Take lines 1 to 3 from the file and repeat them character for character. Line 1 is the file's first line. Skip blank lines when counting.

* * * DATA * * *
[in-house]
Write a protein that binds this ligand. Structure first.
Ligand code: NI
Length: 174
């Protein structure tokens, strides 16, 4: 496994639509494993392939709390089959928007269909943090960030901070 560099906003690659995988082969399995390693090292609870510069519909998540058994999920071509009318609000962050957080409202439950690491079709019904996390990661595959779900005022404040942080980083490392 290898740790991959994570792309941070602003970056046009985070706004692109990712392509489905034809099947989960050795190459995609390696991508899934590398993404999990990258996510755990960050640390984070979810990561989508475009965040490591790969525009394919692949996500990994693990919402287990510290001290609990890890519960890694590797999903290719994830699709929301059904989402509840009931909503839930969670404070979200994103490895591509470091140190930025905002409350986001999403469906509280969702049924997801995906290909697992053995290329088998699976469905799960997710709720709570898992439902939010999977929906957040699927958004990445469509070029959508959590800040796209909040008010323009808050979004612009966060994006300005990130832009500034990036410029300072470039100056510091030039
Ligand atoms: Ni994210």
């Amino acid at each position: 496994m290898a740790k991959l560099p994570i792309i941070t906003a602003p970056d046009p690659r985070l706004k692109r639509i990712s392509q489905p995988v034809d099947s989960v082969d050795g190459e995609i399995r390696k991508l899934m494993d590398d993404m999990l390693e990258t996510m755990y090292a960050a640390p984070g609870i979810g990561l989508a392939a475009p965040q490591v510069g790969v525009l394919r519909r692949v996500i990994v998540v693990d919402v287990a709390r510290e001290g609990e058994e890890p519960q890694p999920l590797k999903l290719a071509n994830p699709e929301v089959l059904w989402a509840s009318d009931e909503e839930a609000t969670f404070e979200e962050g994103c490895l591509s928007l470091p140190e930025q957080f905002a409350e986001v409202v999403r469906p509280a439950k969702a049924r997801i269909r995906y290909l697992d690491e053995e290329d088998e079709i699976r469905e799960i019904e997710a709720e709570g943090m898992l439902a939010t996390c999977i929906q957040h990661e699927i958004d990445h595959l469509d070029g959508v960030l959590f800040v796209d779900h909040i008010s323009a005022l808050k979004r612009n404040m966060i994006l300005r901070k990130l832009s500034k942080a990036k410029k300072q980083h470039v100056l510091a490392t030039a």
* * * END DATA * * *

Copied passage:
[in-house]
Write a protein that binds this ligand. Structure first.
Ligand code: NI